Why you may want to enable Firefox Telemetry data

Martin Brinkmann
Aug 21, 2013
Updated • Aug 21, 2013

Mozilla some time ago implemented options in the Firefox web browser to collect anonymous telemetry data about browser usage and customizations. It is a useful feature for the organization as it provides its engineers with data on what is hot and what is not so to speak.

I have covered the browser's Telemetry feature back in 2011 for the first time when it was introduced by Mozilla. To sum it up in a sentence: Telemetry collects and shares performance, customization, hardware and usage about the browser with Mozilla.

One of the first things that I have done in the past when I set up Firefox anew was to disable the sending of data to Mozilla. I disabled Telemetry, Crash Reporter and the Health Report so that no data was transferred to Mozilla. It is likely that many advanced or power users are doing the same, and while that seems like the reasonable thing to do privacy-wise, it may have a severe consequence.

Mozilla uses Telemetry data when it makes development decisions. Development is a broad term that not only refers to improving the browser's performance and stability, but also to interface modifications.

And that is where it gets interesting. Advanced users use Firefox in a different way. They may have enabled the add-on bar for example, or display tabs below the address bar, or use a custom toolbar. Mozilla won't know that if Telemetry is disabled. At the very least, it may get different counts on how many users actually customize the browser, and how many do not.

While I cannot say for sure how big of an impact it would make if all power users would turn on Telemetry right now, it could highlight that more users than thought are using Firefox features that Mozilla plans to remove from the web browser.

It may be a long shot, and it may not make a difference in the end, but we never know if we do not try.

How to enable Telemetry in Firefox

To enable Firefox's Telemetry feature do the following:

  1. Press the Alt-key on your keyboard and select Tools > Options from the menu at the top.
  2. Switch to Advanced > Data Choices in the Options window.
  3. There you find Telemetry. To enable it, check the box and close the Window afterwards.
  4. Once enabled, enter about:telemetry to see some of the information the Telemetry feature collects.

Note: Telemetry is enabled by default in Firefox Aurora and Nightly, and disabled by default in Firefox Beta and Stable.

Closing Words

I do not know if this will make a difference or not. But I prefer to give it a try rather than to being a passive bystander that does nothing to bring his point across.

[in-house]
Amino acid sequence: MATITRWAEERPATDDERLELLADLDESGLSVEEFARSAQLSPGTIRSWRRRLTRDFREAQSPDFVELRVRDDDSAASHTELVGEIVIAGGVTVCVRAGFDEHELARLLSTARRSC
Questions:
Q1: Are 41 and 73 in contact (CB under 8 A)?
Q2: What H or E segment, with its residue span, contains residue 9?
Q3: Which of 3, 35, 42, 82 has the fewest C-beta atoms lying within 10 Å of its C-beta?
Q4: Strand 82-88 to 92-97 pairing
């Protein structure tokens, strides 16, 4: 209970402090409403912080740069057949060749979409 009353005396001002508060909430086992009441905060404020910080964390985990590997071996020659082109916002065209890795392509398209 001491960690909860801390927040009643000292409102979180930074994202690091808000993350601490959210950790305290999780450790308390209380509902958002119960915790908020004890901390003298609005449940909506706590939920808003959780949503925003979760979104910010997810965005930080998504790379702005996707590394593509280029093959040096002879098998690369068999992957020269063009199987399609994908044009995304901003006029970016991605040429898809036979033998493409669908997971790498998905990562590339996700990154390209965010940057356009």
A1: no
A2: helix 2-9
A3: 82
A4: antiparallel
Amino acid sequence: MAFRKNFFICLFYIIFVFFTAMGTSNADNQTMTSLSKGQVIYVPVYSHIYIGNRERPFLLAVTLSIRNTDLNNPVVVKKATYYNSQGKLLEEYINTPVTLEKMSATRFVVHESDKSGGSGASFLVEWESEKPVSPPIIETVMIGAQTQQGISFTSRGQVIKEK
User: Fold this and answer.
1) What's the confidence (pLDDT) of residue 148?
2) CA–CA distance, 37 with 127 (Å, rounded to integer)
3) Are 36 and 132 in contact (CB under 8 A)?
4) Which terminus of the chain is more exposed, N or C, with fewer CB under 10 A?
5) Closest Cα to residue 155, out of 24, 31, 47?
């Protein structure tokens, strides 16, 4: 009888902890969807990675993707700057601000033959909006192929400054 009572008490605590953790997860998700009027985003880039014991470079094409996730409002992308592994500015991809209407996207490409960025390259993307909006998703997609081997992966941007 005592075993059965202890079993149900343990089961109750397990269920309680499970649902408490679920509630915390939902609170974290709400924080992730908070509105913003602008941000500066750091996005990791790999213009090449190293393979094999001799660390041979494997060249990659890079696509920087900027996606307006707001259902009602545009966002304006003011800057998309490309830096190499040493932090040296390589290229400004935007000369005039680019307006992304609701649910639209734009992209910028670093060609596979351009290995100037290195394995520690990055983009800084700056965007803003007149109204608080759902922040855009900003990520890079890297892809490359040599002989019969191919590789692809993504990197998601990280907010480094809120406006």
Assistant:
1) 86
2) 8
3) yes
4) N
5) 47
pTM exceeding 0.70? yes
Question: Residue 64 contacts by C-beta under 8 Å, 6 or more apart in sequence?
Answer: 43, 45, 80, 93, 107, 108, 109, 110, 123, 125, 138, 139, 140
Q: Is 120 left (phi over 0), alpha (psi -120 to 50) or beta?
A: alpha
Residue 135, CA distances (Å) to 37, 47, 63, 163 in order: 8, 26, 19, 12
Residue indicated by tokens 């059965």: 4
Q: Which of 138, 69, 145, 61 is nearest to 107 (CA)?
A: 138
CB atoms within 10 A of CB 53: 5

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  1. Taras said on August 22, 2013 at 4:25 pm

    I’m the dev behind telemetry. I appreciate you encouraging people to use it. I wouldn’t worry about power users biasing our data, enough users opt in to make you guys disappear. I would be glad to have a problem of too many power users turning on telemetry :) More users = better decision-making for us.

    Re using telemetry to justify australis: before telemetry one would’ve used anecdotal evidence or puny samples from focused studies. That is strictly worse.

    As far as what people report: it’s mostly perf data indeed. We occasionally put in things to measure how people use the product: eg is our 3rd-party cookie scheme is working, etc.

    You can see the complete list(with descriptions) at http://mxr.mozilla.org/mozilla-central/source/toolkit/components/telemetry/Histograms.json in addition to about:telemetry in the browser. You can also visit our (prototype) dashboard at http://telemetry-dash.mozilla.org/ to browse the data being submitted.

    1. trlkly said on October 5, 2013 at 5:15 am

      No, it’s not worse, since you have no data from telemetry on Australis, since it isn’t implemented. You have more data from these other methods.

      I wonder if that’s the problem. There’s almost no one saying that Austratlis is good, and even those who are don’t say they like the removal of the addon bar. But if all you are looking at is telemetry, you’ll never learn that.

      Also, power users don’t want to disappear. We want to be fairly represented. In fact, since power users are most likely your most enthusiastic users and your biggest advertisers, their opinions should count more. Trying to please only those who don’t care is a horrible idea.

    2. Martin Brinkmann said on August 22, 2013 at 5:00 pm

      Taras, thanks for the reply. Can you share information about the number of users who have Telemetry enabled?

      1. Taras said on August 22, 2013 at 5:09 pm